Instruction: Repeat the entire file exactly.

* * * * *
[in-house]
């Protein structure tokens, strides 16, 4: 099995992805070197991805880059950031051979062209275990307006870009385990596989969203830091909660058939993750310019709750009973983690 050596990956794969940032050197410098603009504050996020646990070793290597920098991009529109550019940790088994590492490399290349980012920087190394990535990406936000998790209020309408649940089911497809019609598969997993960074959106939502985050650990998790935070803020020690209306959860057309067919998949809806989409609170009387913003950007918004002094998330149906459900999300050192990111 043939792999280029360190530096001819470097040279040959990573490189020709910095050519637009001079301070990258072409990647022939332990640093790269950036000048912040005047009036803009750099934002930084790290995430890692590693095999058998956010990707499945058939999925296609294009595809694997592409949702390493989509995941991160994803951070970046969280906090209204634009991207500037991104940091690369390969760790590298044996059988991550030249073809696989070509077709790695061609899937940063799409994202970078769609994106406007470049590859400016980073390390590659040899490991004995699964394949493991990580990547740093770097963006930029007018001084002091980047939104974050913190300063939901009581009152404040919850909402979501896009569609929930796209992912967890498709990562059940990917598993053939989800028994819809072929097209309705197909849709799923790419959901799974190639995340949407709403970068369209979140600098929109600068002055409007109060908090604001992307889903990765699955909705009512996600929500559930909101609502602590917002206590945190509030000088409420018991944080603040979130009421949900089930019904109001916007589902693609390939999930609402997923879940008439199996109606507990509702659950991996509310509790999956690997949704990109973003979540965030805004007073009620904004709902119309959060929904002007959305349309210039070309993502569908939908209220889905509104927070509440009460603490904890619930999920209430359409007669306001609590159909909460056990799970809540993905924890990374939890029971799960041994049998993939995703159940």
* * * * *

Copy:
[in-house]
């Protein structure tokens, strides 16, 4: 099995992805070197991805880059950031051979062209275990307006870009385990596989969203830091909660058939993750310019709750009973983690 050596990956794969940032050197410098603009504050996020646990070793290597920098991009529109550019940790088994590492490399290349980012920087190394990535990406936000998790209020309408649940089911497809019609598969997993960074959106939502985050650990998790935070803020020690209306959860057309067919998949809806989409609170009387913003950007918004002094998330149906459900999300050192990111 043939792999280029360190530096001819470097040279040959990573490189020709910095050519637009001079301070990258072409990647022939332990640093790269950036000048912040005047009036803009750099934002930084790290995430890692590693095999058998956010990707499945058939999925296609294009595809694997592409949702390493989509995941991160994803951070970046969280906090209204634009991207500037991104940091690369390969760790590298044996059988991550030249073809696989070509077709790695061609899937940063799409994202970078769609994106406007470049590859400016980073390390590659040899490991004995699964394949493991990580990547740093770097963006930029007018001084002091980047939104974050913190300063939901009581009152404040919850909402979501896009569609929930796209992912967890498709990562059940990917598993053939989800028994819809072929097209309705197909849709799923790419959901799974190639995340949407709403970068369209979140600098929109600068002055409007109060908090604001992307889903990765699955909705009512996600929500559930909101609502602590917002206590945190509030000088409420018991944080603040979130009421949900089930019904109001916007589902693609390939999930609402997923879940008439199996109606507990509702659950991996509310509790999956690997949704990109973003979540965030805004007073009620904004709902119309959060929904002007959305349309210039070309993502569908939908209220889905509104927070509440009460603490904890619930999920209430359409007669306001609590159909909460056990799970809540993905924890990374939890029971799960041994049998993939995703159940």